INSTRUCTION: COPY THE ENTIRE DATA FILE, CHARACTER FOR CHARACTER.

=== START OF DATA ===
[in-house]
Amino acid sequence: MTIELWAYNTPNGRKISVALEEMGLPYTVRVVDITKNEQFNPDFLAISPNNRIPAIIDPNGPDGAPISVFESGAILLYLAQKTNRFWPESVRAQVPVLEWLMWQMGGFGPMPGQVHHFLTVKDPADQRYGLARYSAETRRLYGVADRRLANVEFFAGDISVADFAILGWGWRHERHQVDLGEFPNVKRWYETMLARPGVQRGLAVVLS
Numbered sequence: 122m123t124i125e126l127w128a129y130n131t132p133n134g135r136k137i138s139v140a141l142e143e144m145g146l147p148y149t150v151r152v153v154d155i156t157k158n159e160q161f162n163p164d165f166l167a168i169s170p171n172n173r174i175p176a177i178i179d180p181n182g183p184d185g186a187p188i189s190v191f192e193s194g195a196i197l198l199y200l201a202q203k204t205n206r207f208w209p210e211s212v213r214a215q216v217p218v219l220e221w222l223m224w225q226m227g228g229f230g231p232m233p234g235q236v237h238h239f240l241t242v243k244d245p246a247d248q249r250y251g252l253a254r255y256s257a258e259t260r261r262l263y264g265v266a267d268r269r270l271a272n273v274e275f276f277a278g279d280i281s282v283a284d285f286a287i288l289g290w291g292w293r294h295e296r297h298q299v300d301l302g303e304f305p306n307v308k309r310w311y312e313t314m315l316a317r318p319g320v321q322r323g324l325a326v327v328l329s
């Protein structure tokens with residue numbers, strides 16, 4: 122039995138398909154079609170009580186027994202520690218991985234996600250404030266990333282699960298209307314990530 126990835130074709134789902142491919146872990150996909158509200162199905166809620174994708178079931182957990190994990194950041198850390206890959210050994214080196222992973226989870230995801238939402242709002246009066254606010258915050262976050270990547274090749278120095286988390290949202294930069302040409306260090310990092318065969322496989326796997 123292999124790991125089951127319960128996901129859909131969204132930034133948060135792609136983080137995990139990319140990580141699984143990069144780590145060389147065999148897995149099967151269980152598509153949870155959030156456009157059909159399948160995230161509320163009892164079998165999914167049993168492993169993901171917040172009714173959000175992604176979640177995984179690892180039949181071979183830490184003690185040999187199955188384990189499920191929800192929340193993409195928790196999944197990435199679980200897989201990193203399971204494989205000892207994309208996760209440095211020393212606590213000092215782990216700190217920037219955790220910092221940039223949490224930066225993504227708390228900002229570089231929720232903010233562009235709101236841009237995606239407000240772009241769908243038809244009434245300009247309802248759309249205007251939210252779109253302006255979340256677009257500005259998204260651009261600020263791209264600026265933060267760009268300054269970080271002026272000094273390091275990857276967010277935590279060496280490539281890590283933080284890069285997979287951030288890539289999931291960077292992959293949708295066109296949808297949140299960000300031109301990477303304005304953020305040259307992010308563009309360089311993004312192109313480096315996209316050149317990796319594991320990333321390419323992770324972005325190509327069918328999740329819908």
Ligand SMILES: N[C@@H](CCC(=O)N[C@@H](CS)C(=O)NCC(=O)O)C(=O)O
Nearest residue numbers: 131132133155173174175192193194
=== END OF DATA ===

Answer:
[in-house]
Amino acid sequence: MTIELWAYNTPNGRKISVALEEMGLPYTVRVVDITKNEQFNPDFLAISPNNRIPAIIDPNGPDGAPISVFESGAILLYLAQKTNRFWPESVRAQVPVLEWLMWQMGGFGPMPGQVHHFLTVKDPADQRYGLARYSAETRRLYGVADRRLANVEFFAGDISVADFAILGWGWRHERHQVDLGEFPNVKRWYETMLARPGVQRGLAVVLS
Numbered sequence: 122m123t124i125e126l127w128a129y130n131t132p133n134g135r136k137i138s139v140a141l142e143e144m145g146l147p148y149t150v151r152v153v154d155i156t157k158n159e160q161f162n163p164d165f166l167a168i169s170p171n172n173r174i175p176a177i178i179d180p181n182g183p184d185g186a187p188i189s190v191f192e193s194g195a196i197l198l199y200l201a202q203k204t205n206r207f208w209p210e211s212v213r214a215q216v217p218v219l220e221w222l223m224w225q226m227g228g229f230g231p232m233p234g235q236v237h238h239f240l241t242v243k244d245p246a247d248q249r250y251g252l253a254r255y256s257a258e259t260r261r262l263y264g265v266a267d268r269r270l271a272n273v274e275f276f277a278g279d280i281s282v283a284d285f286a287i288l289g290w291g292w293r294h295e296r297h298q299v300d301l302g303e304f305p306n307v308k309r310w311y312e313t314m315l316a317r318p319g320v321q322r323g324l325a326v327v328l329s
């Protein structure tokens with residue numbers, strides 16, 4: 122039995138398909154079609170009580186027994202520690218991985234996600250404030266990333282699960298209307314990530 126990835130074709134789902142491919146872990150996909158509200162199905166809620174994708178079931182957990190994990194950041198850390206890959210050994214080196222992973226989870230995801238939402242709002246009066254606010258915050262976050270990547274090749278120095286988390290949202294930069302040409306260090310990092318065969322496989326796997 123292999124790991125089951127319960128996901129859909131969204132930034133948060135792609136983080137995990139990319140990580141699984143990069144780590145060389147065999148897995149099967151269980152598509153949870155959030156456009157059909159399948160995230161509320163009892164079998165999914167049993168492993169993901171917040172009714173959000175992604176979640177995984179690892180039949181071979183830490184003690185040999187199955188384990189499920191929800192929340193993409195928790196999944197990435199679980200897989201990193203399971204494989205000892207994309208996760209440095211020393212606590213000092215782990216700190217920037219955790220910092221940039223949490224930066225993504227708390228900002229570089231929720232903010233562009235709101236841009237995606239407000240772009241769908243038809244009434245300009247309802248759309249205007251939210252779109253302006255979340256677009257500005259998204260651009261600020263791209264600026265933060267760009268300054269970080271002026272000094273390091275990857276967010277935590279060496280490539281890590283933080284890069285997979287951030288890539289999931291960077292992959293949708295066109296949808297949140299960000300031109301990477303304005304953020305040259307992010308563009309360089311993004312192109313480096315996209316050149317990796319594991320990333321390419323992770324972005325190509327069918328999740329819908």
Ligand SMILES: N[C@@H](CCC(=O)N[C@@H](CS)C(=O)NCC(=O)O)C(=O)O
Nearest residue numbers: 131132133155173174175192193194